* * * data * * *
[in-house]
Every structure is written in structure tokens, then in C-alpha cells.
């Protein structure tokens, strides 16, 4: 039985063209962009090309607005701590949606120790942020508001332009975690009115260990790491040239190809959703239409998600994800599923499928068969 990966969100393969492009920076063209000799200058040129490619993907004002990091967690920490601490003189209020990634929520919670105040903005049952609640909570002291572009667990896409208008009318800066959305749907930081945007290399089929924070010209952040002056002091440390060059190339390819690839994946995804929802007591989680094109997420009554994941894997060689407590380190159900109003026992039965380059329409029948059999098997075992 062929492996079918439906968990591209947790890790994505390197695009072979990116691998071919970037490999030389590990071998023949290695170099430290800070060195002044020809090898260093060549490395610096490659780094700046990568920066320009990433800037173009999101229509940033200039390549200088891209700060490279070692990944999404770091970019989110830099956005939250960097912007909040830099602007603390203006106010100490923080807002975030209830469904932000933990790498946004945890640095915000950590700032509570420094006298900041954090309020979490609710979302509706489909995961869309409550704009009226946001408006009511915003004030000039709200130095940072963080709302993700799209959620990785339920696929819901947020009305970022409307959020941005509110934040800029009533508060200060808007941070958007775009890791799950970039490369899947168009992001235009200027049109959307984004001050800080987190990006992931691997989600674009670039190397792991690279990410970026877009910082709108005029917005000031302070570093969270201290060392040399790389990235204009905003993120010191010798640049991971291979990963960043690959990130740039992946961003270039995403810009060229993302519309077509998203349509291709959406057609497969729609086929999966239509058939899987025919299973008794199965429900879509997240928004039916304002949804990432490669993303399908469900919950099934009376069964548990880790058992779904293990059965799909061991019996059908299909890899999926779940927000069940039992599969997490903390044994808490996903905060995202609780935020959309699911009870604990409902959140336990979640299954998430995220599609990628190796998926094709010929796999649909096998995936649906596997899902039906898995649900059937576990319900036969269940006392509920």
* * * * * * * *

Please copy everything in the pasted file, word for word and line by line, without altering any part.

[in-house]
Every structure is written in structure tokens, then in C-alpha cells.
């Protein structure tokens, strides 16, 4: 039985063209962009090309607005701590949606120790942020508001332009975690009115260990790491040239190809959703239409998600994800599923499928068969 990966969100393969492009920076063209000799200058040129490619993907004002990091967690920490601490003189209020990634929520919670105040903005049952609640909570002291572009667990896409208008009318800066959305749907930081945007290399089929924070010209952040002056002091440390060059190339390819690839994946995804929802007591989680094109997420009554994941894997060689407590380190159900109003026992039965380059329409029948059999098997075992 062929492996079918439906968990591209947790890790994505390197695009072979990116691998071919970037490999030389590990071998023949290695170099430290800070060195002044020809090898260093060549490395610096490659780094700046990568920066320009990433800037173009999101229509940033200039390549200088891209700060490279070692990944999404770091970019989110830099956005939250960097912007909040830099602007603390203006106010100490923080807002975030209830469904932000933990790498946004945890640095915000950590700032509570420094006298900041954090309020979490609710979302509706489909995961869309409550704009009226946001408006009511915003004030000039709200130095940072963080709302993700799209959620990785339920696929819901947020009305970022409307959020941005509110934040800029009533508060200060808007941070958007775009890791799950970039490369899947168009992001235009200027049109959307984004001050800080987190990006992931691997989600674009670039190397792991690279990410970026877009910082709108005029917005000031302070570093969270201290060392040399790389990235204009905003993120010191010798640049991971291979990963960043690959990130740039992946961003270039995403810009060229993302519309077509998203349509291709959406057609497969729609086929999966239509058939899987025919299973008794199965429900879509997240928004039916304002949804990432490669993303399908469900919950099934009376069964548990880790058992779904293990059965799909061991019996059908299909890899999926779940927000069940039992599969997490903390044994808490996903905060995202609780935020959309699911009870604990409902959140336990979640299954998430995220599609990628190796998926094709010929796999649909096998995936649906596997899902039906898995649900059937576990319900036969269940006392509920």